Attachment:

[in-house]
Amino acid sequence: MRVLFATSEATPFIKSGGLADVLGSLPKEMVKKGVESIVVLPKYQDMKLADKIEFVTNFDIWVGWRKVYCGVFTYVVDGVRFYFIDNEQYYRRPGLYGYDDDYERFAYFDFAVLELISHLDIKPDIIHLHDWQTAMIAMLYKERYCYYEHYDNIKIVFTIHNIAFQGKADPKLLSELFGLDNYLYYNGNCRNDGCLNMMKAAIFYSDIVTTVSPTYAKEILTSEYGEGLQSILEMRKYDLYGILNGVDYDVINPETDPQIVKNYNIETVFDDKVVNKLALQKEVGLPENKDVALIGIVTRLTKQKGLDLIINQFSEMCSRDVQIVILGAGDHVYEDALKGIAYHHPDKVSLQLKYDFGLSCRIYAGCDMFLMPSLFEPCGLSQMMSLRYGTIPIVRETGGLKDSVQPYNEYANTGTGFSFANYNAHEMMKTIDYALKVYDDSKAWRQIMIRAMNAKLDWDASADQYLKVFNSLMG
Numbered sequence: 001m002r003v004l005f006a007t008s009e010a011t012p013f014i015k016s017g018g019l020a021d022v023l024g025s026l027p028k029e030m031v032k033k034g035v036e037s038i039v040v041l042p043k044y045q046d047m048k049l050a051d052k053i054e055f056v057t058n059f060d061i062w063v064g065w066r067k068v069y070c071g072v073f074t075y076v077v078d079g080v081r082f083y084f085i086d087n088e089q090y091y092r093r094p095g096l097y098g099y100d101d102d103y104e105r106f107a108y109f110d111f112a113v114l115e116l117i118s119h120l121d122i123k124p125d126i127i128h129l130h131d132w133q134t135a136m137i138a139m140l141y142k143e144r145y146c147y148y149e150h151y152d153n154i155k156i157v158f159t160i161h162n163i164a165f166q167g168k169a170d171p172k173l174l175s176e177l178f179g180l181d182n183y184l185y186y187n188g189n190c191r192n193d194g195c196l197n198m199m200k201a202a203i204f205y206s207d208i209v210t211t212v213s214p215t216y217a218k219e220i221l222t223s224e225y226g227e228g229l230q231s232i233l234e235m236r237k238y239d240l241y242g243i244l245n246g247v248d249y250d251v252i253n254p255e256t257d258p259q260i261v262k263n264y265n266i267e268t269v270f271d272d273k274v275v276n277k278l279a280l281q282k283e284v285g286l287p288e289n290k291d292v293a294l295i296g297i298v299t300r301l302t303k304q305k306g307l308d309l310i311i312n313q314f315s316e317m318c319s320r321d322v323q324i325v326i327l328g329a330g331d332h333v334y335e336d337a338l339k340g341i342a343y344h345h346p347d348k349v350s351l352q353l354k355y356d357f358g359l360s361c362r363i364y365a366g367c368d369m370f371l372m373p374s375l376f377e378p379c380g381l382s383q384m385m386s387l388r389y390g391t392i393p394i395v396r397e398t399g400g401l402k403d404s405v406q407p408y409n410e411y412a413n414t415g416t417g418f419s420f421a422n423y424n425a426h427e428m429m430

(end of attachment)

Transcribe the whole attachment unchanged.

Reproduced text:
[in-house]
Amino acid sequence: MRVLFATSEATPFIKSGGLADVLGSLPKEMVKKGVESIVVLPKYQDMKLADKIEFVTNFDIWVGWRKVYCGVFTYVVDGVRFYFIDNEQYYRRPGLYGYDDDYERFAYFDFAVLELISHLDIKPDIIHLHDWQTAMIAMLYKERYCYYEHYDNIKIVFTIHNIAFQGKADPKLLSELFGLDNYLYYNGNCRNDGCLNMMKAAIFYSDIVTTVSPTYAKEILTSEYGEGLQSILEMRKYDLYGILNGVDYDVINPETDPQIVKNYNIETVFDDKVVNKLALQKEVGLPENKDVALIGIVTRLTKQKGLDLIINQFSEMCSRDVQIVILGAGDHVYEDALKGIAYHHPDKVSLQLKYDFGLSCRIYAGCDMFLMPSLFEPCGLSQMMSLRYGTIPIVRETGGLKDSVQPYNEYANTGTGFSFANYNAHEMMKTIDYALKVYDDSKAWRQIMIRAMNAKLDWDASADQYLKVFNSLMG
Numbered sequence: 001m002r003v004l005f006a007t008s009e010a011t012p013f014i015k016s017g018g019l020a021d022v023l024g025s026l027p028k029e030m031v032k033k034g035v036e037s038i039v040v041l042p043k044y045q046d047m048k049l050a051d052k053i054e055f056v057t058n059f060d061i062w063v064g065w066r067k068v069y070c071g072v073f074t075y076v077v078d079g080v081r082f083y084f085i086d087n088e089q090y091y092r093r094p095g096l097y098g099y100d101d102d103y104e105r106f107a108y109f110d111f112a113v114l115e116l117i118s119h120l121d122i123k124p125d126i127i128h129l130h131d132w133q134t135a136m137i138a139m140l141y142k143e144r145y146c147y148y149e150h151y152d153n154i155k156i157v158f159t160i161h162n163i164a165f166q167g168k169a170d171p172k173l174l175s176e177l178f179g180l181d182n183y184l185y186y187n188g189n190c191r192n193d194g195c196l197n198m199m200k201a202a203i204f205y206s207d208i209v210t211t212v213s214p215t216y217a218k219e220i221l222t223s224e225y226g227e228g229l230q231s232i233l234e235m236r237k238y239d240l241y242g243i244l245n246g247v248d249y250d251v252i253n254p255e256t257d258p259q260i261v262k263n264y265n266i267e268t269v270f271d272d273k274v275v276n277k278l279a280l281q282k283e284v285g286l287p288e289n290k291d292v293a294l295i296g297i298v299t300r301l302t303k304q305k306g307l308d309l310i311i312n313q314f315s316e317m318c319s320r321d322v323q324i325v326i327l328g329a330g331d332h333v334y335e336d337a338l339k340g341i342a343y344h345h346p347d348k349v350s351l352q353l354k355y356d357f358g359l360s361c362r363i364y365a366g367c368d369m370f371l372m373p374s375l376f377e378p379c380g381l382s383q384m385m386s387l388r389y390g391t392i393p394i395v396r397e398t399g400g401l402k403d404s405v406q407p408y409n410e411y412a413n414t415g416t417g418f419s420f421a422n423y424n425a426h427e428m429m430